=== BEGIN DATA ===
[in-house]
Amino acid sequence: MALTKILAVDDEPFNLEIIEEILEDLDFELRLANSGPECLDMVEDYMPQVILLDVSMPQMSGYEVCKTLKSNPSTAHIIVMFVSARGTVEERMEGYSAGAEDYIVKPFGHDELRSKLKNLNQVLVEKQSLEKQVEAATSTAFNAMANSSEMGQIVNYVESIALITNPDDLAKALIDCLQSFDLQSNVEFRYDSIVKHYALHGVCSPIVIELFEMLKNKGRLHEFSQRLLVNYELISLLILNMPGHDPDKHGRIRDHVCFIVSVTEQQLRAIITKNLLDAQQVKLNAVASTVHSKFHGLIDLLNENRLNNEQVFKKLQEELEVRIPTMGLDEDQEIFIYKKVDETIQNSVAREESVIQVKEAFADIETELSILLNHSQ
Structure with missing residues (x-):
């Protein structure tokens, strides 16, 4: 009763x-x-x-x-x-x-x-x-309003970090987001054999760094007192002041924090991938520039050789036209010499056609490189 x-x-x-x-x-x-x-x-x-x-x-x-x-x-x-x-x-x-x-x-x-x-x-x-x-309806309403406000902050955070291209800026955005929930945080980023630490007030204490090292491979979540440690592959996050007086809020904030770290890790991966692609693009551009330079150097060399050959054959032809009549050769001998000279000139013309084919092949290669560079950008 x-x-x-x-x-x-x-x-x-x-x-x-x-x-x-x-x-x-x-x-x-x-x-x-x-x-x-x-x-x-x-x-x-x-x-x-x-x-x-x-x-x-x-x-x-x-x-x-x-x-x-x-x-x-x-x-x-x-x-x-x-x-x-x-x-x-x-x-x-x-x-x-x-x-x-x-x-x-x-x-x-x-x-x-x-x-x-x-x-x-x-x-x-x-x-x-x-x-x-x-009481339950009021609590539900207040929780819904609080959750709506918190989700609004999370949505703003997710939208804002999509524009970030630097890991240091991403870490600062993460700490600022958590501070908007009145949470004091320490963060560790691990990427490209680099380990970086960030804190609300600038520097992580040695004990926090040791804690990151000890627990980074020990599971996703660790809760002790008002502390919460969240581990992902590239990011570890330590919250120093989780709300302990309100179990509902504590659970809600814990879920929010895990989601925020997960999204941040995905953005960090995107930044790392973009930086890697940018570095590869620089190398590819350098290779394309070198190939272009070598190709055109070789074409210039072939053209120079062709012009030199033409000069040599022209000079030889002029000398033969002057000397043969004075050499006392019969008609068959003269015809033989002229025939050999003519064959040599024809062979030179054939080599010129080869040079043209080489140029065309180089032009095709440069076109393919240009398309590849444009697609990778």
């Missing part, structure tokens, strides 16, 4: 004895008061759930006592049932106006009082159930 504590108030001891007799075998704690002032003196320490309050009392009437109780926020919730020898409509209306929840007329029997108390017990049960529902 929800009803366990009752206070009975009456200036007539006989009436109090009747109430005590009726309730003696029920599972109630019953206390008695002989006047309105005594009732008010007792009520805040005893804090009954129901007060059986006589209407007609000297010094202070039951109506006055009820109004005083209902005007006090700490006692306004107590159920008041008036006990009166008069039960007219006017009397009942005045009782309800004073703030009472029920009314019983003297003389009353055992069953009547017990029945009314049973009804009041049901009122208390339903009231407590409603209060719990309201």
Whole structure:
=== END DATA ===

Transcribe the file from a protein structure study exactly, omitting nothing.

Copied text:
[in-house]
Amino acid sequence: MALTKILAVDDEPFNLEIIEEILEDLDFELRLANSGPECLDMVEDYMPQVILLDVSMPQMSGYEVCKTLKSNPSTAHIIVMFVSARGTVEERMEGYSAGAEDYIVKPFGHDELRSKLKNLNQVLVEKQSLEKQVEAATSTAFNAMANSSEMGQIVNYVESIALITNPDDLAKALIDCLQSFDLQSNVEFRYDSIVKHYALHGVCSPIVIELFEMLKNKGRLHEFSQRLLVNYELISLLILNMPGHDPDKHGRIRDHVCFIVSVTEQQLRAIITKNLLDAQQVKLNAVASTVHSKFHGLIDLLNENRLNNEQVFKKLQEELEVRIPTMGLDEDQEIFIYKKVDETIQNSVAREESVIQVKEAFADIETELSILLNHSQ
Structure with missing residues (x-):
């Protein structure tokens, strides 16, 4: 009763x-x-x-x-x-x-x-x-309003970090987001054999760094007192002041924090991938520039050789036209010499056609490189 x-x-x-x-x-x-x-x-x-x-x-x-x-x-x-x-x-x-x-x-x-x-x-x-x-309806309403406000902050955070291209800026955005929930945080980023630490007030204490090292491979979540440690592959996050007086809020904030770290890790991966692609693009551009330079150097060399050959054959032809009549050769001998000279000139013309084919092949290669560079950008 x-x-x-x-x-x-x-x-x-x-x-x-x-x-x-x-x-x-x-x-x-x-x-x-x-x-x-x-x-x-x-x-x-x-x-x-x-x-x-x-x-x-x-x-x-x-x-x-x-x-x-x-x-x-x-x-x-x-x-x-x-x-x-x-x-x-x-x-x-x-x-x-x-x-x-x-x-x-x-x-x-x-x-x-x-x-x-x-x-x-x-x-x-x-x-x-x-x-x-x-009481339950009021609590539900207040929780819904609080959750709506918190989700609004999370949505703003997710939208804002999509524009970030630097890991240091991403870490600062993460700490600022958590501070908007009145949470004091320490963060560790691990990427490209680099380990970086960030804190609300600038520097992580040695004990926090040791804690990151000890627990980074020990599971996703660790809760002790008002502390919460969240581990992902590239990011570890330590919250120093989780709300302990309100179990509902504590659970809600814990879920929010895990989601925020997960999204941040995905953005960090995107930044790392973009930086890697940018570095590869620089190398590819350098290779394309070198190939272009070598190709055109070789074409210039072939053209120079062709012009030199033409000069040599022209000079030889002029000398033969002057000397043969004075050499006392019969008609068959003269015809033989002229025939050999003519064959040599024809062979030179054939080599010129080869040079043209080489140029065309180089032009095709440069076109393919240009398309590849444009697609990778």
């Missing part, structure tokens, strides 16, 4: 004895008061759930006592049932106006009082159930 504590108030001891007799075998704690002032003196320490309050009392009437109780926020919730020898409509209306929840007329029997108390017990049960529902 929800009803366990009752206070009975009456200036007539006989009436109090009747109430005590009726309730003696029920599972109630019953206390008695002989006047309105005594009732008010007792009520805040005893804090009954129901007060059986006589209407007609000297010094202070039951109506006055009820109004005083209902005007006090700490006692306004107590159920008041008036006990009166008069039960007219006017009397009942005045009782309800004073703030009472029920009314019983003297003389009353055992069953009547017990029945009314049973009804009041049901009122208390339903009231407590409603209060719990309201």
Whole structure: